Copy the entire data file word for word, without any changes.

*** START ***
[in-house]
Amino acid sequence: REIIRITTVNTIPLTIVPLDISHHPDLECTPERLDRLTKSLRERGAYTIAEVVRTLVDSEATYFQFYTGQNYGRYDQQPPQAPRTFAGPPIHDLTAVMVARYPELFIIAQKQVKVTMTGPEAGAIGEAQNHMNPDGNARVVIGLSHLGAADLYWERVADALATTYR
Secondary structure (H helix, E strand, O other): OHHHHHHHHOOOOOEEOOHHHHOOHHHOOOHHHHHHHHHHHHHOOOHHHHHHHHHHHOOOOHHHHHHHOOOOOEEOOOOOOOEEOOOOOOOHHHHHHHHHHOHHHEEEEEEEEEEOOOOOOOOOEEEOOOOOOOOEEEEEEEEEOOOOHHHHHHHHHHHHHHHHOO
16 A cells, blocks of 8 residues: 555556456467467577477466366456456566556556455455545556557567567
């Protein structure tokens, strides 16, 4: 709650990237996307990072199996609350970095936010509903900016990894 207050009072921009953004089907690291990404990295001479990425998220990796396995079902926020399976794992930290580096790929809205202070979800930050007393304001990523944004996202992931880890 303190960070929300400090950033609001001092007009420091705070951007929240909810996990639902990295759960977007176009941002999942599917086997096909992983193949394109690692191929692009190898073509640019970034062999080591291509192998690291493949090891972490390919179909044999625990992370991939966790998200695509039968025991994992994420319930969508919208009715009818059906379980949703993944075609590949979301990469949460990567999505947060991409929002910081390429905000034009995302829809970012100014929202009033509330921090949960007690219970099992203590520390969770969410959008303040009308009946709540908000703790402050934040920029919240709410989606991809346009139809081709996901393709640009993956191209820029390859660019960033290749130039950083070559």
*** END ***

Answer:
[in-house]
Amino acid sequence: REIIRITTVNTIPLTIVPLDISHHPDLECTPERLDRLTKSLRERGAYTIAEVVRTLVDSEATYFQFYTGQNYGRYDQQPPQAPRTFAGPPIHDLTAVMVARYPELFIIAQKQVKVTMTGPEAGAIGEAQNHMNPDGNARVVIGLSHLGAADLYWERVADALATTYR
Secondary structure (H helix, E strand, O other): OHHHHHHHHOOOOOEEOOHHHHOOHHHOOOHHHHHHHHHHHHHOOOHHHHHHHHHHHOOOOHHHHHHHOOOOOEEOOOOOOOEEOOOOOOOHHHHHHHHHHOHHHEEEEEEEEEEOOOOOOOOOEEEOOOOOOOOEEEEEEEEEOOOOHHHHHHHHHHHHHHHHOO
16 A cells, blocks of 8 residues: 555556456467467577477466366456456566556556455455545556557567567
């Protein structure tokens, strides 16, 4: 709650990237996307990072199996609350970095936010509903900016990894 207050009072921009953004089907690291990404990295001479990425998220990796396995079902926020399976794992930290580096790929809205202070979800930050007393304001990523944004996202992931880890 303190960070929300400090950033609001001092007009420091705070951007929240909810996990639902990295759960977007176009941002999942599917086997096909992983193949394109690692191929692009190898073509640019970034062999080591291509192998690291493949090891972490390919179909044999625990992370991939966790998200695509039968025991994992994420319930969508919208009715009818059906379980949703993944075609590949979301990469949460990567999505947060991409929002910081390429905000034009995302829809970012100014929202009033509330921090949960007690219970099992203590520390969770969410959008303040009308009946709540908000703790402050934040920029919240709410989606991809346009139809081709996901393709640009993956191209820029390859660019960033290749130039950083070559």